It's easy Pea...
Flash is a plugin. It runs from withing the browser IE, Firefox, Safari, Opera, etc... It also can be run standalone, via special exe program on Windows platform.
Although this is less common. Here are all the Flash versions: http://helpx.adobe.com/flash-player/kb/archived-flash-player-versions.html
AIR is a cross platform runtime, kind of like Java (build once run everywhere). But with AIR it's a bit more tricky. You have to compile your program to each target platform (Desktop, Andriod, BlackBerry, iOS) separately. It's not like with Java where you can indeed run your jar file on lot of platforms. AIR is essentially Flash "on steroids" as it mostly has the same API as Flash and builds on top of it. But AIR not in the pluging form, i.e. you don't need a web browser to run it from.
Here are the latest AIR runtime: http://get.adobe.com/air/
You will need AIR SDK to build AIR applications and it has to be overlayed on top of Flex SDK which you can find here:
Now Flex SDK is essentially a component framework. You will need a button in your application, or a Video component, right? So that is what Flex provides for you free of charge.
Obviously this sound simple but Flex is much more then that and here is your
Flex documentation: http://www.adobe.com/devnet/flex/documentation.html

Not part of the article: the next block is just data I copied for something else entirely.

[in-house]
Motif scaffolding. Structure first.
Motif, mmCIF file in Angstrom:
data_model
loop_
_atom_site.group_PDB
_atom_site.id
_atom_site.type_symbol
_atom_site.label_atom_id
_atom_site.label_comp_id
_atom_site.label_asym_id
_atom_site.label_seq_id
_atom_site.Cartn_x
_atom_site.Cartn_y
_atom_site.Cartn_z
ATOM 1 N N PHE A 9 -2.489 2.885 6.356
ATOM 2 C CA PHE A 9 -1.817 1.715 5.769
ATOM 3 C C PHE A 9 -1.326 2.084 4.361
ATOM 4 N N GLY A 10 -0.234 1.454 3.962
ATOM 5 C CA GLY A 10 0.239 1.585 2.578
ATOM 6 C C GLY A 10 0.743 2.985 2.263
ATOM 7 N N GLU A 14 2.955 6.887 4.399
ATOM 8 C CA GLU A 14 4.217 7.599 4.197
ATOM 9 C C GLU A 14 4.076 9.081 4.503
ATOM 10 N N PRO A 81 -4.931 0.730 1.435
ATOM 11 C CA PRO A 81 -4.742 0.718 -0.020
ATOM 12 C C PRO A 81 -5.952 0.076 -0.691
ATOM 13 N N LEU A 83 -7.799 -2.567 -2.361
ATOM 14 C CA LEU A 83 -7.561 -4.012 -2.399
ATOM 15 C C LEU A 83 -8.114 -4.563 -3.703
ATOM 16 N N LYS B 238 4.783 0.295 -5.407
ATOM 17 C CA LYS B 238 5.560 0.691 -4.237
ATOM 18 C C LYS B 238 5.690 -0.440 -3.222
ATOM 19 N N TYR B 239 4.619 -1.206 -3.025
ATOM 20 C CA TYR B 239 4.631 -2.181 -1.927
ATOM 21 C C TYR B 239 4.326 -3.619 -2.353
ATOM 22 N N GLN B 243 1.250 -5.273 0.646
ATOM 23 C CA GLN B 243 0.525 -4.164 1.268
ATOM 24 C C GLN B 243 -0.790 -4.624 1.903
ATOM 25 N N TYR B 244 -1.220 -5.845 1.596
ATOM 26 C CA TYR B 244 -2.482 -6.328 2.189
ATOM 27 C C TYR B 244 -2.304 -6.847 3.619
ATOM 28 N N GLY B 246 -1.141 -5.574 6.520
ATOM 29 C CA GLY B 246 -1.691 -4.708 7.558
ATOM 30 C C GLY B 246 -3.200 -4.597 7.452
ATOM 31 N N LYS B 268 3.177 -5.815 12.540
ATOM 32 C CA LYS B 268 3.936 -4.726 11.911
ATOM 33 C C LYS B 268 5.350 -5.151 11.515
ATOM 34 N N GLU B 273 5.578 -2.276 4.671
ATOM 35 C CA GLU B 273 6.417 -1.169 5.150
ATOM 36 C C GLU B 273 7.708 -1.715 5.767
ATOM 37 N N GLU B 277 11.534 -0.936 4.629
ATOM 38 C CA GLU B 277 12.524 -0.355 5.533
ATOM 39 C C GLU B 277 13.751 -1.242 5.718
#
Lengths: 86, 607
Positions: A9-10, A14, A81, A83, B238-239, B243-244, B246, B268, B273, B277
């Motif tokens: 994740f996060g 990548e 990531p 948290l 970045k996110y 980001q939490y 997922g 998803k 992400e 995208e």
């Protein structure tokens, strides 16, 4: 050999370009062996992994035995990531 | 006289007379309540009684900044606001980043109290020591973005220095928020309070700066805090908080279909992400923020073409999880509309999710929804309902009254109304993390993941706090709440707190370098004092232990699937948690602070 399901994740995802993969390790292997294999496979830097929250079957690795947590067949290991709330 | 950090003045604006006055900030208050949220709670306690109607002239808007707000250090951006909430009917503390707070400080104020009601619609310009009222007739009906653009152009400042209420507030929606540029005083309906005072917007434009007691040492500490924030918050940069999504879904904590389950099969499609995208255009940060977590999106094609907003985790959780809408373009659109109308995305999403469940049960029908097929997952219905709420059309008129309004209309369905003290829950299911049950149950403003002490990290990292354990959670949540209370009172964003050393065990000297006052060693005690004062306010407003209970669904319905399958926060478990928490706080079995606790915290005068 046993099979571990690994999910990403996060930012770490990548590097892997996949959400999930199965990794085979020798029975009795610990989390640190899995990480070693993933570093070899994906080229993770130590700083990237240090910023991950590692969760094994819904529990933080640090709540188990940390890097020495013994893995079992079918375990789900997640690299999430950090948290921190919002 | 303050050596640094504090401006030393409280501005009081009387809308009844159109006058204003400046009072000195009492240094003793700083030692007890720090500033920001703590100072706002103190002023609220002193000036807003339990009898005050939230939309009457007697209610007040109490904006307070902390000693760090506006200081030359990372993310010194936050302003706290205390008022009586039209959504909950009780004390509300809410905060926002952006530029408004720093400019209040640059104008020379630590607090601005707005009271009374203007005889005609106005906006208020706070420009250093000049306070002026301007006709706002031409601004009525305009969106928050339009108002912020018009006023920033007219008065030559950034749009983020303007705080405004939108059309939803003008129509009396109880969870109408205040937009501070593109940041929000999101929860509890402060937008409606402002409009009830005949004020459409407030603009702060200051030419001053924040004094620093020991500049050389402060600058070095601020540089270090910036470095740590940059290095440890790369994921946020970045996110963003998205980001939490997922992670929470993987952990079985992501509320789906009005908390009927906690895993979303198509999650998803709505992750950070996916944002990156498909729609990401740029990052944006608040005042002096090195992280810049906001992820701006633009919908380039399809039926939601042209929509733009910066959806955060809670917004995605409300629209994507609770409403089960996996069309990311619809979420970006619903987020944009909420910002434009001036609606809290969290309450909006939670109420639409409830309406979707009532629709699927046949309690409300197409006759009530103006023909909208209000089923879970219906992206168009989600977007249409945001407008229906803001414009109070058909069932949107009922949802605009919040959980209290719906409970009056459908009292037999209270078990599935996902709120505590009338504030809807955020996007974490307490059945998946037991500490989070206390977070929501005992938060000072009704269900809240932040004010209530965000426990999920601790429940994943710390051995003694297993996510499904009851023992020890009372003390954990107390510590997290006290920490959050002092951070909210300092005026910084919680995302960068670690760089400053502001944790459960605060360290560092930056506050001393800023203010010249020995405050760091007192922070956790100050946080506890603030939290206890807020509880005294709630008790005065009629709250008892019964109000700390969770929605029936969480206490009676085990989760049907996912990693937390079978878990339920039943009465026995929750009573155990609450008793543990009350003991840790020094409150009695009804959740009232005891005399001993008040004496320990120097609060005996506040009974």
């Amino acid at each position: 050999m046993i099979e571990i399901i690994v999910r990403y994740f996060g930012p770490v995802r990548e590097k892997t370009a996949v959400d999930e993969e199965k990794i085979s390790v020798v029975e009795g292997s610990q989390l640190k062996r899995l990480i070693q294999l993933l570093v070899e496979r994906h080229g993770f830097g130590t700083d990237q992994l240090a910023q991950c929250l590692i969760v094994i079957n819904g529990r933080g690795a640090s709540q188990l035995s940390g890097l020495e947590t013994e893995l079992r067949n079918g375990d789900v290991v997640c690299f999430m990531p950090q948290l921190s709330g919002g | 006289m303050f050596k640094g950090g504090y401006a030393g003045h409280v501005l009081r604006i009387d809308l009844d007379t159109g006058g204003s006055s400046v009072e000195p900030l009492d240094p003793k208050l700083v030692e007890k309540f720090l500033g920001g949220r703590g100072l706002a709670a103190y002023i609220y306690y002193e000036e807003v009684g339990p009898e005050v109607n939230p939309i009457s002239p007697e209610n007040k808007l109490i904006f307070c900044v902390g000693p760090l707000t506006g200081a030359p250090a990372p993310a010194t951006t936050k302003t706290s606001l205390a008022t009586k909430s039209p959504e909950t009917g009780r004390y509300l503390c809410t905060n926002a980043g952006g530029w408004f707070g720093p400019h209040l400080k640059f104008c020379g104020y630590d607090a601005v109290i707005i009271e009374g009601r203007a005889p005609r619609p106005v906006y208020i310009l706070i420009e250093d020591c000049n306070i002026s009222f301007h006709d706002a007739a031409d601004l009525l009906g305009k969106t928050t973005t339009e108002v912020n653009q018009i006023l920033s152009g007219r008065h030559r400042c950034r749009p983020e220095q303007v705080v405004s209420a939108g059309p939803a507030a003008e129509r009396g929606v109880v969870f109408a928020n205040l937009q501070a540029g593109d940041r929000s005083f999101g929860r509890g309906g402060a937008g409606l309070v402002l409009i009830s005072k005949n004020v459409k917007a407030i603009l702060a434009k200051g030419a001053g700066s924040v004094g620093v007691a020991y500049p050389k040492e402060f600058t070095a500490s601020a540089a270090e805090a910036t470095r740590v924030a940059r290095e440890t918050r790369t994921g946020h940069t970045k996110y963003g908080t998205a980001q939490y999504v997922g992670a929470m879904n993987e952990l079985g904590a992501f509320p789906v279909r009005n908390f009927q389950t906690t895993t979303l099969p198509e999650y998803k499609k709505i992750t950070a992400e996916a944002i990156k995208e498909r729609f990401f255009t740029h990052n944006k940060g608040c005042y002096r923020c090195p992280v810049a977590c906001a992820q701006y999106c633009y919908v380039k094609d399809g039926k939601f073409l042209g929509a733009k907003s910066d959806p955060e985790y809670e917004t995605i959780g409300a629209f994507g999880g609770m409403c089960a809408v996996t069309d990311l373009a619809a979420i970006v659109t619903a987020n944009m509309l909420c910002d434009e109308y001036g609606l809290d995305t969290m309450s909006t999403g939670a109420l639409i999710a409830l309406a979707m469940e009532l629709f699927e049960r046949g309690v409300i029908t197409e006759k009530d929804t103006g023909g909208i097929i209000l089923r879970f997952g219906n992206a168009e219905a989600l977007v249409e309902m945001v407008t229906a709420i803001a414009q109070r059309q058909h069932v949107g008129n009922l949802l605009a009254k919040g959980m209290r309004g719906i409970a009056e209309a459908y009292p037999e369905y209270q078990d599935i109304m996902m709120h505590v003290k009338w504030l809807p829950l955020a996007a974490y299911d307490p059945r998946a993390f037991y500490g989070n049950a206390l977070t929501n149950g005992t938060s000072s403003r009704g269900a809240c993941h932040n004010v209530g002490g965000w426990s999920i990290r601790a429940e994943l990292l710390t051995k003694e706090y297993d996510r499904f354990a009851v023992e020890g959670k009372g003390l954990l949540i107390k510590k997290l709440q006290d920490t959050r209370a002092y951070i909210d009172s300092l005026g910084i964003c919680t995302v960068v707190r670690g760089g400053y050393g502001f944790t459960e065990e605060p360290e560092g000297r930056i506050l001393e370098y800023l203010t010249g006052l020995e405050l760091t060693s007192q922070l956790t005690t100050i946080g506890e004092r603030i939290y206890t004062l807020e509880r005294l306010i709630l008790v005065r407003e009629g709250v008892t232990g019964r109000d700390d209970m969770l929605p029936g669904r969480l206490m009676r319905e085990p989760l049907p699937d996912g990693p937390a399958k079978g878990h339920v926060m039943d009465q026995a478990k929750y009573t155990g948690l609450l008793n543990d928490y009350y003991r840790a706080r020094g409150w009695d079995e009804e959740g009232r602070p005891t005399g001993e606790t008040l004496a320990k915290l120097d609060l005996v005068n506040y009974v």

So, Flex is a component framework which lets you build applications which target either Flash or AIR as executable runtime. For Flash it is called Web application and it runs from withing browser or standalone Flash player. For AIR it is called Desktop or Mobile project and it runs from withing AIR runtime which has to be installed on your device or bundled with your application.
Now, speaking of Steve rants, yes, they wanted to kill Flash on their platform, there was even a guy there who was responsible for that result (I forgot his name but you can google), although Adobe never admited that and played it nice with Apple. Why they wanted to kill most expressive and complete vector and video engine on the web (Flash)? It's simple! This is beacase they wanted to play on their nice and cozy iOS/iPad/iPod playground alone! Because they want to control the delivery of the content from publisher to consumer. they want to stick their proprietory products and specifications in between and skim the money! That is why they don't need Flash in the browser. Flash allows people to publish and consume an impressive content without charging a dime! That includes H264 video among other things. And that is what Apple doesn't want to see.
Good luck with Flex and everything else,